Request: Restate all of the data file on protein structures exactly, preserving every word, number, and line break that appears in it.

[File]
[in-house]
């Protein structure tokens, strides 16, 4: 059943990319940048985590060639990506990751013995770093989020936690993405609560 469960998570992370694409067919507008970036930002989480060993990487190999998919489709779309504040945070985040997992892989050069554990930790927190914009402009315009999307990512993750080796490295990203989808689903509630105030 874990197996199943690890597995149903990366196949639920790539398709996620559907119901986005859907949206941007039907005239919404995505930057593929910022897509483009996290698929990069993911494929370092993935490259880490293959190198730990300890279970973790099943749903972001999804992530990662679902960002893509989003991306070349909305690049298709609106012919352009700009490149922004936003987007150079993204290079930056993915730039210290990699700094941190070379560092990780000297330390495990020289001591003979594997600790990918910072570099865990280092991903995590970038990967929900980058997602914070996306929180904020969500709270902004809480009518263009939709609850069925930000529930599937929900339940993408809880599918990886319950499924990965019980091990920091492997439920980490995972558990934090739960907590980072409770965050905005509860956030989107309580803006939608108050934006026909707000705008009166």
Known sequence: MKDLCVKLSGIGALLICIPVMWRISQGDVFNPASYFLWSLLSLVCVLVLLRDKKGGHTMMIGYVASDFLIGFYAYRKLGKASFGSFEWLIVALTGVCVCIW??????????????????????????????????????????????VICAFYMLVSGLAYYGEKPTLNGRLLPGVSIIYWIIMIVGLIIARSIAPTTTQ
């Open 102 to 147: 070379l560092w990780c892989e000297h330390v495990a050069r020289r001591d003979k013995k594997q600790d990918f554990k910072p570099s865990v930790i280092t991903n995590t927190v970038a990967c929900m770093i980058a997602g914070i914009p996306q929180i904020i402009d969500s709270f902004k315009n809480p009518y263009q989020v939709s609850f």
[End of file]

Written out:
[in-house]
């Protein structure tokens, strides 16, 4: 059943990319940048985590060639990506990751013995770093989020936690993405609560 469960998570992370694409067919507008970036930002989480060993990487190999998919489709779309504040945070985040997992892989050069554990930790927190914009402009315009999307990512993750080796490295990203989808689903509630105030 874990197996199943690890597995149903990366196949639920790539398709996620559907119901986005859907949206941007039907005239919404995505930057593929910022897509483009996290698929990069993911494929370092993935490259880490293959190198730990300890279970973790099943749903972001999804992530990662679902960002893509989003991306070349909305690049298709609106012919352009700009490149922004936003987007150079993204290079930056993915730039210290990699700094941190070379560092990780000297330390495990020289001591003979594997600790990918910072570099865990280092991903995590970038990967929900980058997602914070996306929180904020969500709270902004809480009518263009939709609850069925930000529930599937929900339940993408809880599918990886319950499924990965019980091990920091492997439920980490995972558990934090739960907590980072409770965050905005509860956030989107309580803006939608108050934006026909707000705008009166």
Known sequence: MKDLCVKLSGIGALLICIPVMWRISQGDVFNPASYFLWSLLSLVCVLVLLRDKKGGHTMMIGYVASDFLIGFYAYRKLGKASFGSFEWLIVALTGVCVCIW??????????????????????????????????????????????VICAFYMLVSGLAYYGEKPTLNGRLLPGVSIIYWIIMIVGLIIARSIAPTTTQ
């Open 102 to 147: 070379l560092w990780c892989e000297h330390v495990a050069r020289r001591d003979k013995k594997q600790d990918f554990k910072p570099s865990v930790i280092t991903n995590t927190v970038a990967c929900m770093i980058a997602g914070i914009p996306q929180i904020i402009d969500s709270f902004k315009n809480p009518y263009q989020v939709s609850f």